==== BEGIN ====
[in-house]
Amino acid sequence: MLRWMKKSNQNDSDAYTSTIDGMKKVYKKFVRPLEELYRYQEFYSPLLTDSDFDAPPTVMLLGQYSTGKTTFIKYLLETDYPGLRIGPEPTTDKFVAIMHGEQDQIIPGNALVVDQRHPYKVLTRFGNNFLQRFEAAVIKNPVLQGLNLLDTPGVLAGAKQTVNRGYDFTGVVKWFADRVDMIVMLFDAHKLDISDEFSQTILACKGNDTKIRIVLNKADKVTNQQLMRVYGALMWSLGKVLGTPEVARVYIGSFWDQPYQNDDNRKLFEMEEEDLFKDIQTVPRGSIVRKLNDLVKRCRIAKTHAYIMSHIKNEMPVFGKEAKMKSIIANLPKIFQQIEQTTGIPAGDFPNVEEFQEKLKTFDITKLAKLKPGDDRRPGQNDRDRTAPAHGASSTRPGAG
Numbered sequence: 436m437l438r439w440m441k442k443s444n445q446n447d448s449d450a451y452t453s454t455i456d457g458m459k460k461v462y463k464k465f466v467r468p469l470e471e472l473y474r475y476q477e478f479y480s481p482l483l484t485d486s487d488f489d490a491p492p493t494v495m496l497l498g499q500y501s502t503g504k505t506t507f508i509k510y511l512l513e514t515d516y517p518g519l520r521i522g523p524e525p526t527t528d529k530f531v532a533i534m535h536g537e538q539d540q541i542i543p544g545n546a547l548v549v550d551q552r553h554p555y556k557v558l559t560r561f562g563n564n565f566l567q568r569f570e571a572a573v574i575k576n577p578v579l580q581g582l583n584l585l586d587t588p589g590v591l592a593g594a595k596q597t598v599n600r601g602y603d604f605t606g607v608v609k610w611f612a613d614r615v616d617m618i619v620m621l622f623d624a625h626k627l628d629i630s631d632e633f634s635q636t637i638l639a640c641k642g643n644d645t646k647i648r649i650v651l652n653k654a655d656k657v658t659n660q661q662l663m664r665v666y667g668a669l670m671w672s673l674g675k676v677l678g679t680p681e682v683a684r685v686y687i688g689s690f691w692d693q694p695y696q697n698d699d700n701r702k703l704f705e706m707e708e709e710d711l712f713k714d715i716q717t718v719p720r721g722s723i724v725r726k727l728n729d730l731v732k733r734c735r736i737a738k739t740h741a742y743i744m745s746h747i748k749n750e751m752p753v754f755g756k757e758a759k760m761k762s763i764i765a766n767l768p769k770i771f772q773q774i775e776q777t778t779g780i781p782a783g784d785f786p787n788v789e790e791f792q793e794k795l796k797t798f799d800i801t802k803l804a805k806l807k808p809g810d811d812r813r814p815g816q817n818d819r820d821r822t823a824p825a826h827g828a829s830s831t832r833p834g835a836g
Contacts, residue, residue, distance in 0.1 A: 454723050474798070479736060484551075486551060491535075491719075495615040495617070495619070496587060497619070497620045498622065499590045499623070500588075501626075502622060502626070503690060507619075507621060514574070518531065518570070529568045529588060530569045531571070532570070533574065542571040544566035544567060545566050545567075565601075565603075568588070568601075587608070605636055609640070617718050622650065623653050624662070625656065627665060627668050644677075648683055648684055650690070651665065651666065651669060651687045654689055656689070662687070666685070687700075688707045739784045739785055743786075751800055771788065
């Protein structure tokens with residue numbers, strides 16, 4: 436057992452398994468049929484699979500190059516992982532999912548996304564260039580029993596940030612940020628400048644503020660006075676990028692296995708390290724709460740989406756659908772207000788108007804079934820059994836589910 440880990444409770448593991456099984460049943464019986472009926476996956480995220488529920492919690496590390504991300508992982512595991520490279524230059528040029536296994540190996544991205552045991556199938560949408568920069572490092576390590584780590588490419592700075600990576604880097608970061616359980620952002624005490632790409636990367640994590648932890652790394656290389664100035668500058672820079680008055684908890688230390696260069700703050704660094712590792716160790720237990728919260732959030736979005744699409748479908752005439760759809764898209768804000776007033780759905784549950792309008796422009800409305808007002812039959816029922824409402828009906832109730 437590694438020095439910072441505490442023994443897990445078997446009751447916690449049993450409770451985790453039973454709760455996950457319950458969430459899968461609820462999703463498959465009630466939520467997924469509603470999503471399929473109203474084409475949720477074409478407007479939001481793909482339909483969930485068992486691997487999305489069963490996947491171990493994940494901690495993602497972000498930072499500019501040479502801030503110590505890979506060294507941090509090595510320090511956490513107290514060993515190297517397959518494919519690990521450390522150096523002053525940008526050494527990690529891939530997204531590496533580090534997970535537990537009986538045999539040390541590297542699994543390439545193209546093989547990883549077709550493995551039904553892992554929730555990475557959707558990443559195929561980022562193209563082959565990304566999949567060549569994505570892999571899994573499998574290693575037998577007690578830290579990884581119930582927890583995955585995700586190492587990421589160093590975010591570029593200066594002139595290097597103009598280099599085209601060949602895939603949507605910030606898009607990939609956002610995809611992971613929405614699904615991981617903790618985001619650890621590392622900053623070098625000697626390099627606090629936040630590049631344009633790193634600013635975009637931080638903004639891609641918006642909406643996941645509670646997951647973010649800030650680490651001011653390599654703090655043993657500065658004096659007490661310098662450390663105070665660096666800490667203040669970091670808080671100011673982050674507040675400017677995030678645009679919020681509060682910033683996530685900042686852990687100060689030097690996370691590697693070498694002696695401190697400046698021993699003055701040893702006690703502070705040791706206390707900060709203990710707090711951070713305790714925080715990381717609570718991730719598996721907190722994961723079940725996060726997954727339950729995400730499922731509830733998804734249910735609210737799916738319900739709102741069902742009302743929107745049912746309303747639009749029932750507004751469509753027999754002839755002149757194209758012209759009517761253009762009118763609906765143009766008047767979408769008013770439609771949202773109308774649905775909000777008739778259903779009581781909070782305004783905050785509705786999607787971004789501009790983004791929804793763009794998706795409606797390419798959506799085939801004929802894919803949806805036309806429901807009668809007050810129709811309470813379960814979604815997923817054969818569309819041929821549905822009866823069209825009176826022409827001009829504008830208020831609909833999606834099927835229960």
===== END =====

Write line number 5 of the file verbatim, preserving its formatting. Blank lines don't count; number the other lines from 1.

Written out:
């Protein structure tokens with residue numbers, strides 16, 4: 436057992452398994468049929484699979500190059516992982532999912548996304564260039580029993596940030612940020628400048644503020660006075676990028692296995708390290724709460740989406756659908772207000788108007804079934820059994836589910 440880990444409770448593991456099984460049943464019986472009926476996956480995220488529920492919690496590390504991300508992982512595991520490279524230059528040029536296994540190996544991205552045991556199938560949408568920069572490092576390590584780590588490419592700075600990576604880097608970061616359980620952002624005490632790409636990367640994590648932890652790394656290389664100035668500058672820079680008055684908890688230390696260069700703050704660094712590792716160790720237990728919260732959030736979005744699409748479908752005439760759809764898209768804000776007033780759905784549950792309008796422009800409305808007002812039959816029922824409402828009906832109730 437590694438020095439910072441505490442023994443897990445078997446009751447916690449049993450409770451985790453039973454709760455996950457319950458969430459899968461609820462999703463498959465009630466939520467997924469509603470999503471399929473109203474084409475949720477074409478407007479939001481793909482339909483969930485068992486691997487999305489069963490996947491171990493994940494901690495993602497972000498930072499500019501040479502801030503110590505890979506060294507941090509090595510320090511956490513107290514060993515190297517397959518494919519690990521450390522150096523002053525940008526050494527990690529891939530997204531590496533580090534997970535537990537009986538045999539040390541590297542699994543390439545193209546093989547990883549077709550493995551039904553892992554929730555990475557959707558990443559195929561980022562193209563082959565990304566999949567060549569994505570892999571899994573499998574290693575037998577007690578830290579990884581119930582927890583995955585995700586190492587990421589160093590975010591570029593200066594002139595290097597103009598280099599085209601060949602895939603949507605910030606898009607990939609956002610995809611992971613929405614699904615991981617903790618985001619650890621590392622900053623070098625000697626390099627606090629936040630590049631344009633790193634600013635975009637931080638903004639891609641918006642909406643996941645509670646997951647973010649800030650680490651001011653390599654703090655043993657500065658004096659007490661310098662450390663105070665660096666800490667203040669970091670808080671100011673982050674507040675400017677995030678645009679919020681509060682910033683996530685900042686852990687100060689030097690996370691590697693070498694002696695401190697400046698021993699003055701040893702006690703502070705040791706206390707900060709203990710707090711951070713305790714925080715990381717609570718991730719598996721907190722994961723079940725996060726997954727339950729995400730499922731509830733998804734249910735609210737799916738319900739709102741069902742009302743929107745049912746309303747639009749029932750507004751469509753027999754002839755002149757194209758012209759009517761253009762009118763609906765143009766008047767979408769008013770439609771949202773109308774649905775909000777008739778259903779009581781909070782305004783905050785509705786999607787971004789501009790983004791929804793763009794998706795409606797390419798959506799085939801004929802894919803949806805036309806429901807009668809007050810129709811309470813379960814979604815997923817054969818569309819041929821549905822009866823069209825009176826022409827001009829504008830208020831609909833999606834099927835229960």